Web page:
But soon, the blog more or less became an end in itself. Sometimes I write about Catholicism, or about gender and Catholicism, which have been major interests of mine since the 1970s. Sometimes I write about the environment—climate change, water, fracking—which are the things I worry the most about. Sometimes I just write. I have considered changing my tag line from “An American Catholic on the Margins of World Christianity” to “An American Catholic on the Margins of Catholicism” or even “An American Catholic on the Margins of Almost Everything.”

I began writing long before I had a blog page, of course. I started wanting to be a writer when I was a kid. When I was twelve I had forty-two pen pals, most of them from Girl Scout camp. In high school and college, I wanted to be a poet, till it dawned on me that only geniuses support themselves as poets, and not even geniuses most of the time. I published my first genuine article in an education journal, The Reading Teacher, in 1974. I also made good money as a grant writer between 1979 and 1992.

I suppose I hoped for a while that I would become a famous writer and get invitations to go places and talk about my books and articles. But I am really terrible at promoting myself–a common characteristic of shanty Irish, I’m told. At the annual meeting of the American Academy of Religion one year, my mentor, Laura Levitt, said to me “There’s Judith Butler. Go tell her what a brilliant job you did using Gender Theory in your chapter on Mary Gordon.” I almost fainted at the thoughtOne of my books, about Sophia, did make some money, but I wrote it with two United Methodist minister friends, Hal Taussig and Sue Cole. By the time we split the royalties three ways, they were pretty modest. (And I have to confess that Hal and Sue did most of the promotion!)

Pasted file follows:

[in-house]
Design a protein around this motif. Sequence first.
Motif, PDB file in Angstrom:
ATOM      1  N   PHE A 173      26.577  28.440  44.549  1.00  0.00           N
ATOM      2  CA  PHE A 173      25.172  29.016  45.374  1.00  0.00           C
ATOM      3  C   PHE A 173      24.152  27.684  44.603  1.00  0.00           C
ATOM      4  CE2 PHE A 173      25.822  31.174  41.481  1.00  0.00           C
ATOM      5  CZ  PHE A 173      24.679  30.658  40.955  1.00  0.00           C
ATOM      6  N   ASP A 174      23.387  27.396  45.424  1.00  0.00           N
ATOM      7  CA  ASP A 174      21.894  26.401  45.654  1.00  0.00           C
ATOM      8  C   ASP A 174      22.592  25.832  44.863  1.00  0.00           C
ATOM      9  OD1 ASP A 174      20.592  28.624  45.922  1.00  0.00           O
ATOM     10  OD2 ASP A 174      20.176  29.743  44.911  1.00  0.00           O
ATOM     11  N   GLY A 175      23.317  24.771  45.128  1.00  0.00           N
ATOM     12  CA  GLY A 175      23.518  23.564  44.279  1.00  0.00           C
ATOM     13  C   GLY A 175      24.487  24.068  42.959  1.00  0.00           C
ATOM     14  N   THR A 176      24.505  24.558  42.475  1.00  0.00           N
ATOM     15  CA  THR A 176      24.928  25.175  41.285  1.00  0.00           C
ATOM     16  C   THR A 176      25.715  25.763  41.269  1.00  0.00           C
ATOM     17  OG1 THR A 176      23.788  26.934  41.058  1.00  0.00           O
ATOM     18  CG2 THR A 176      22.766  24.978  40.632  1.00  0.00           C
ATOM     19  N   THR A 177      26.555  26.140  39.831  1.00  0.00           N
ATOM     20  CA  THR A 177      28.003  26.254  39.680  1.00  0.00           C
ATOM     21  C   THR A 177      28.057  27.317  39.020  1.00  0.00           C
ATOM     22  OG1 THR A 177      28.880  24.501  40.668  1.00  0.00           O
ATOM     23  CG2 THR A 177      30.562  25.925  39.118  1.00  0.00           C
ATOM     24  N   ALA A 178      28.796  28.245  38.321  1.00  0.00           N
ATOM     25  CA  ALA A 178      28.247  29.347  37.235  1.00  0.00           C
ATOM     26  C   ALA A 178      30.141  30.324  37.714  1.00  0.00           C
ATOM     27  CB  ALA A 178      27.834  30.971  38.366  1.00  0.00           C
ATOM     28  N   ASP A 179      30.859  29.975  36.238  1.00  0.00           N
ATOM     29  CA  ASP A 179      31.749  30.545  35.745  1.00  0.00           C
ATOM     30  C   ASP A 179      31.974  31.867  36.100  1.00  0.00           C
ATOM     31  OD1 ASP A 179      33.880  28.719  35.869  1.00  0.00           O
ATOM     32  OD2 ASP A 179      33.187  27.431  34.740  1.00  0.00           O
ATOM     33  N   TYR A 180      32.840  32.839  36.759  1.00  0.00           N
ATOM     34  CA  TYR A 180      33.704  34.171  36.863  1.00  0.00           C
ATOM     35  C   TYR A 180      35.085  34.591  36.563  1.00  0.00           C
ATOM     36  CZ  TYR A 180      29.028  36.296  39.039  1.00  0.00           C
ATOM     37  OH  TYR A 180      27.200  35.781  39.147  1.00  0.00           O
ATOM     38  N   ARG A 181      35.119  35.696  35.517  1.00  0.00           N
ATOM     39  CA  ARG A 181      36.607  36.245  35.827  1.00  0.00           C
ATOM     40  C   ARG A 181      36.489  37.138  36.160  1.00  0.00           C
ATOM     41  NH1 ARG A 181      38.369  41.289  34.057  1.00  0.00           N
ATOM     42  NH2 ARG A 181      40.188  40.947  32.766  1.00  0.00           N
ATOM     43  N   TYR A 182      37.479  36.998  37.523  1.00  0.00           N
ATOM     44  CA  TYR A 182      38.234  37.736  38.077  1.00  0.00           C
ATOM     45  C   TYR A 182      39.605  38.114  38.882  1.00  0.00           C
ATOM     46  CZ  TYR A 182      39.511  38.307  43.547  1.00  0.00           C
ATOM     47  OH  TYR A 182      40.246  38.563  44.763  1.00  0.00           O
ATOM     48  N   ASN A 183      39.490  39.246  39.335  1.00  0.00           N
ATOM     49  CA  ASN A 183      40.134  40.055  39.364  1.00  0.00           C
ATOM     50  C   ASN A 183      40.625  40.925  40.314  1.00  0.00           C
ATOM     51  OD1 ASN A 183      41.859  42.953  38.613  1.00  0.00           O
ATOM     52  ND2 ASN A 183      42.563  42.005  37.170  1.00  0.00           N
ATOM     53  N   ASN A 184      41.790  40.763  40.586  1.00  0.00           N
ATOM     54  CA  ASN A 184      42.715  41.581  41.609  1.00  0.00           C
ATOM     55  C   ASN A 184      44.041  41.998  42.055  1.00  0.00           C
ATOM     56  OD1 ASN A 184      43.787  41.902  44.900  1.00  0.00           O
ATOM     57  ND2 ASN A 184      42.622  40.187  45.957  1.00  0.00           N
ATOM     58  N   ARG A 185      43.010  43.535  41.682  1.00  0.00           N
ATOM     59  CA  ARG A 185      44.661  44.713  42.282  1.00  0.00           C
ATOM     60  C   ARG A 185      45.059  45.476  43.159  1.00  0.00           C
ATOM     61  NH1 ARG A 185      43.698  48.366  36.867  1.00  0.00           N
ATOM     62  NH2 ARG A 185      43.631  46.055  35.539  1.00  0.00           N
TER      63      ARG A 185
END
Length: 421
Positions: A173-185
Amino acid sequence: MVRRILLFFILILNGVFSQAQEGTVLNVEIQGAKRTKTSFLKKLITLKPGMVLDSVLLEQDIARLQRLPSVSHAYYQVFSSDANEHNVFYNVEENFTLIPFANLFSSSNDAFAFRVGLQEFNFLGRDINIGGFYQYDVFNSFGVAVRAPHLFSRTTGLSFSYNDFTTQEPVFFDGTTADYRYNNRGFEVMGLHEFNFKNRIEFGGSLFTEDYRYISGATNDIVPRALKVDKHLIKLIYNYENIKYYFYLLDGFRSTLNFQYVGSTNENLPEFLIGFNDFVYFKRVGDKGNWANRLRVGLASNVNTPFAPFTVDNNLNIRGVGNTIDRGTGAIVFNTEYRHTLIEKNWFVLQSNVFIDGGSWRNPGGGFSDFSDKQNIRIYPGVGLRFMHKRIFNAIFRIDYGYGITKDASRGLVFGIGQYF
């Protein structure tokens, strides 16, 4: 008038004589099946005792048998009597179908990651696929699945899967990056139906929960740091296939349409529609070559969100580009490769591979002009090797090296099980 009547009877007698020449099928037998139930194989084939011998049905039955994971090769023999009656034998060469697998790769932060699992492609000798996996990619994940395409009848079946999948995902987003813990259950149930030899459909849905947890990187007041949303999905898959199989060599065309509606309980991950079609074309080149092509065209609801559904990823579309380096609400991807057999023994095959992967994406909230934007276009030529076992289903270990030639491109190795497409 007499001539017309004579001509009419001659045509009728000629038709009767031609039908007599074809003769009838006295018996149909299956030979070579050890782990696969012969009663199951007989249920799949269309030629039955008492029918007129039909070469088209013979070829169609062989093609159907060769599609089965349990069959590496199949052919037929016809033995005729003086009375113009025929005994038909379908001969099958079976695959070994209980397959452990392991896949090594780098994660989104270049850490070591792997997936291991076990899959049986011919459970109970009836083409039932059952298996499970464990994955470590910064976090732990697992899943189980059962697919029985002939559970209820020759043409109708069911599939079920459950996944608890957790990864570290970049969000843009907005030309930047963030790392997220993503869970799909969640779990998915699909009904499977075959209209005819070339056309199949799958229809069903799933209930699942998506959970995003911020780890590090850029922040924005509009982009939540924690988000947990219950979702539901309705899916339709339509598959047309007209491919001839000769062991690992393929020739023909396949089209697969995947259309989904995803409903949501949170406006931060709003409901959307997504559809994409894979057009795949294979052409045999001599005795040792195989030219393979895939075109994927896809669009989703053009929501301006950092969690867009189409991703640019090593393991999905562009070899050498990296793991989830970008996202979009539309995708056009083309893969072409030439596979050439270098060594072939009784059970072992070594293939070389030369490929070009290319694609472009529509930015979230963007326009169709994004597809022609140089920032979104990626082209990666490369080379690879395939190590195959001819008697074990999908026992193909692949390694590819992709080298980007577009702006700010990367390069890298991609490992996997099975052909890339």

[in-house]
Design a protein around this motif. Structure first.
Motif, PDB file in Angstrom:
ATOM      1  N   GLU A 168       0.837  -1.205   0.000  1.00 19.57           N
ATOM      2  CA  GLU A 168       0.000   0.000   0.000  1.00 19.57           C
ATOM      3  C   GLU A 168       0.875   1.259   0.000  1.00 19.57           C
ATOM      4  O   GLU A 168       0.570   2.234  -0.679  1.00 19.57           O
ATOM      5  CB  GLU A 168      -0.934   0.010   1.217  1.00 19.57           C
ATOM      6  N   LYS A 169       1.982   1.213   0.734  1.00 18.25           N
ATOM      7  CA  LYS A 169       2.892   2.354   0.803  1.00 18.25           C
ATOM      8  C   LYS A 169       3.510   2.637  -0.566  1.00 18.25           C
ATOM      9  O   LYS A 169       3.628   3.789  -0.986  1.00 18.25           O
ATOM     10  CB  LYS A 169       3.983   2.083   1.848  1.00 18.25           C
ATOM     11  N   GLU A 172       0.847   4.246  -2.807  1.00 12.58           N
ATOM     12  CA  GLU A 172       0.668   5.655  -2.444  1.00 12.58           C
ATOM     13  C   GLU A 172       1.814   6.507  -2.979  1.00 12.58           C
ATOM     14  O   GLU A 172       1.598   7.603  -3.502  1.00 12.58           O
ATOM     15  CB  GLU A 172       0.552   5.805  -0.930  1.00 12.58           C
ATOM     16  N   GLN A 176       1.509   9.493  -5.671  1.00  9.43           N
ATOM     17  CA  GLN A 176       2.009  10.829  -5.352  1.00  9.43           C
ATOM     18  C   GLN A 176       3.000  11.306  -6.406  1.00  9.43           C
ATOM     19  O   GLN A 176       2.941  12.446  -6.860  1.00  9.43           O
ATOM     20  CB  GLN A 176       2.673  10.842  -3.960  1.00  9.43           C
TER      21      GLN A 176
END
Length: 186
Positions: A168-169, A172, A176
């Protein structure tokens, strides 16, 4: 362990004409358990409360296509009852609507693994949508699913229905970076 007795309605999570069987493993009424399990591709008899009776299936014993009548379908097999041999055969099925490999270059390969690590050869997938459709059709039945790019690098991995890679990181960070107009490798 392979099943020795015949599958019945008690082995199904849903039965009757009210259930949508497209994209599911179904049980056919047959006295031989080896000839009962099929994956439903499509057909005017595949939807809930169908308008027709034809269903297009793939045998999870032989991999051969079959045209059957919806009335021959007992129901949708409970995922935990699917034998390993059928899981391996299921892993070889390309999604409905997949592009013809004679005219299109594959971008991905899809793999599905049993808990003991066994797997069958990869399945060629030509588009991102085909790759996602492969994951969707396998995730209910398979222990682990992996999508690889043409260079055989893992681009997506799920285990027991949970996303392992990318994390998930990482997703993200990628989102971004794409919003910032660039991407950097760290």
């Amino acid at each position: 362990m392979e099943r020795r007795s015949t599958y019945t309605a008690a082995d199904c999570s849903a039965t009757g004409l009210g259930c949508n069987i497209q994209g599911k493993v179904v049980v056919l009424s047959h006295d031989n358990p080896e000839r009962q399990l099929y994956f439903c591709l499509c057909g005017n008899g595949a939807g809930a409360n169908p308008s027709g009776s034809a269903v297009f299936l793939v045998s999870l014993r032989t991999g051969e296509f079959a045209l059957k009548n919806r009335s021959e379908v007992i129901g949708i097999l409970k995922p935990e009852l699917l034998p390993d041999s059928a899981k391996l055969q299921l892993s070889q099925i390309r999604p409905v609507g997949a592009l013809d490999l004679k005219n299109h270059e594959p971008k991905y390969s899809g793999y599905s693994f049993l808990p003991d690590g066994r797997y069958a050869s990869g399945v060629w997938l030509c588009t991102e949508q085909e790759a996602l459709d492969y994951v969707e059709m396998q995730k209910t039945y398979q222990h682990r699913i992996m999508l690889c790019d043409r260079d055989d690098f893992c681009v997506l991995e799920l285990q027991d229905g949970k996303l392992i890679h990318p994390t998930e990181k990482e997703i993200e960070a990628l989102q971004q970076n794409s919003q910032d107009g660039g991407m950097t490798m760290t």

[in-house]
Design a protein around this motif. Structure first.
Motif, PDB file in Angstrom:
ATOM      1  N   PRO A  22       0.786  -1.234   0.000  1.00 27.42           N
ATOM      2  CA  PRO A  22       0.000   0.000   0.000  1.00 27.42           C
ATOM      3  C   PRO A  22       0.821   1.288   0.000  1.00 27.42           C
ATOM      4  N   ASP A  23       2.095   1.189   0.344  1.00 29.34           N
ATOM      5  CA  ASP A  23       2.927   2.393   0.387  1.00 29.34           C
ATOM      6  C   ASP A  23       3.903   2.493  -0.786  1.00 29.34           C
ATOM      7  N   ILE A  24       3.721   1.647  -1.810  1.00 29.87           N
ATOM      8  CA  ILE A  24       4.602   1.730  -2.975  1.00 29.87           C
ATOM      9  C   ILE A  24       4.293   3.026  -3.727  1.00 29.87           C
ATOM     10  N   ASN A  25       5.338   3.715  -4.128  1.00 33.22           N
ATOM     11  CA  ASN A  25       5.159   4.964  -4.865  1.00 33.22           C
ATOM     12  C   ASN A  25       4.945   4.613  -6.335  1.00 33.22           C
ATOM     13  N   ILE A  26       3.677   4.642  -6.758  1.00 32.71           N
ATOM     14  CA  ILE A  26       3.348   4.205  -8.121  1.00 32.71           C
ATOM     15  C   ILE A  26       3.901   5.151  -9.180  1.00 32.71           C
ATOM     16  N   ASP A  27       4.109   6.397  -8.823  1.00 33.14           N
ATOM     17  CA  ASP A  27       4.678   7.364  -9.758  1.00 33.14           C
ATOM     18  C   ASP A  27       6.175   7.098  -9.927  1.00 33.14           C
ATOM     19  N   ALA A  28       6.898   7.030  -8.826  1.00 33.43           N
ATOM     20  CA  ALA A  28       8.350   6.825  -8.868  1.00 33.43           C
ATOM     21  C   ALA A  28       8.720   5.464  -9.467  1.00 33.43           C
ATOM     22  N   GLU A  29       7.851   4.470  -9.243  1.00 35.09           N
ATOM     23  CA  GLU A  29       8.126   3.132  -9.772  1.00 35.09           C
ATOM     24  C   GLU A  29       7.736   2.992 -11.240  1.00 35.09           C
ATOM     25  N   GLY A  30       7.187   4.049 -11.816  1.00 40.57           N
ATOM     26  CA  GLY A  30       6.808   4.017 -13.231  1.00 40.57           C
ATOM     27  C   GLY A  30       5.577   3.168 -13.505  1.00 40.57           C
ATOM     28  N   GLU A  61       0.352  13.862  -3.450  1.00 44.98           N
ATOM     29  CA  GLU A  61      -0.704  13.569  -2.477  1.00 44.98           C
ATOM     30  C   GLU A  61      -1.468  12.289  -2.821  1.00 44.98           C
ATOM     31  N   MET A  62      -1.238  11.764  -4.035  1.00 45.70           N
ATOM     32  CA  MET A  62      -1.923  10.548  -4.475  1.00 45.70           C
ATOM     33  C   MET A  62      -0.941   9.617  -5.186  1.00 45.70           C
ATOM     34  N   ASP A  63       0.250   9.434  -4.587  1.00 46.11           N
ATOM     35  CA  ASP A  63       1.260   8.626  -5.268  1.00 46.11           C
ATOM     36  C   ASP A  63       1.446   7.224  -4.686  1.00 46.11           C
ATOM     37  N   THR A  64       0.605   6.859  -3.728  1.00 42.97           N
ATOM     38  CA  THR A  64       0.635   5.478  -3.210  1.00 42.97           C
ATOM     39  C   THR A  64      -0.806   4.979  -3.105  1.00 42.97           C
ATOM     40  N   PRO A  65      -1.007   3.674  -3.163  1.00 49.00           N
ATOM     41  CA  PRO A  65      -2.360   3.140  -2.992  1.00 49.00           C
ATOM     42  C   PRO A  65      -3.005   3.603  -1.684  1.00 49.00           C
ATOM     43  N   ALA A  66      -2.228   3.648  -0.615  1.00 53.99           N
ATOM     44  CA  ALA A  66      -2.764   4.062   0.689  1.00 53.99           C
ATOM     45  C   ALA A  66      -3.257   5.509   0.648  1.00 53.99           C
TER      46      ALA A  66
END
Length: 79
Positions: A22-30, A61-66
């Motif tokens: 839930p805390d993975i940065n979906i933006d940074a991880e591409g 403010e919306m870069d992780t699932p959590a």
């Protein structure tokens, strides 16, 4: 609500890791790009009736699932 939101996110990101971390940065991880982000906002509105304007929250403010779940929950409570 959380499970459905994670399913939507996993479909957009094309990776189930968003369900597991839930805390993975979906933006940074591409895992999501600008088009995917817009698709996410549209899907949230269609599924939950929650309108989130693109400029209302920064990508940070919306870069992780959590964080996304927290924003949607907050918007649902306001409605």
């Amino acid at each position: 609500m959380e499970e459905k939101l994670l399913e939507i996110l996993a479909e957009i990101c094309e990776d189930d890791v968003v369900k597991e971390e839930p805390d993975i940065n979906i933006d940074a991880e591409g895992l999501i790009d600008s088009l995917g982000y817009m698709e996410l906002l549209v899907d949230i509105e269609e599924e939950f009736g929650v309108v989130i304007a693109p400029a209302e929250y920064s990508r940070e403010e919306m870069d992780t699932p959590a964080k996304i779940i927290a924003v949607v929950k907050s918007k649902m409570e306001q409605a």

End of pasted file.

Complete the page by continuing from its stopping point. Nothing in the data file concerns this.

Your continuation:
But I don’t really care about all that. What has come to me over the years is that writing is something that  I do for and within the communities I belong to: The Grail Movement; the Catholic women’s ordination movement, especially the Southeastern Pennsylvania Women’s Ordination Conference branch of that movement; Pax Christi Metro New York, the local branch of the international Catholic peace movement.  Most of the hundred or so people who “follow” my blogpage are members of those communities, as well as family and friends.

I suppose I could be out there promoting my writing as if I were James Patterson or somebody. I got an email last week from CreateSpace, the Amazon wing that’s publishing my collection of articles about the nuns, coaching me on how to get more buyers. One of these days I may read it. But what really matters to me is the conversation I’m having with you all, in Philly, in the Grail, around the country. And I love it when you comment on my posts, so please would you join the tiny group of those who do and say something back now and then?  Xox.

Happy Almost Easter!

March 28, 2013 at 4:24 pm | Posted in Uncategorized | 4 Comments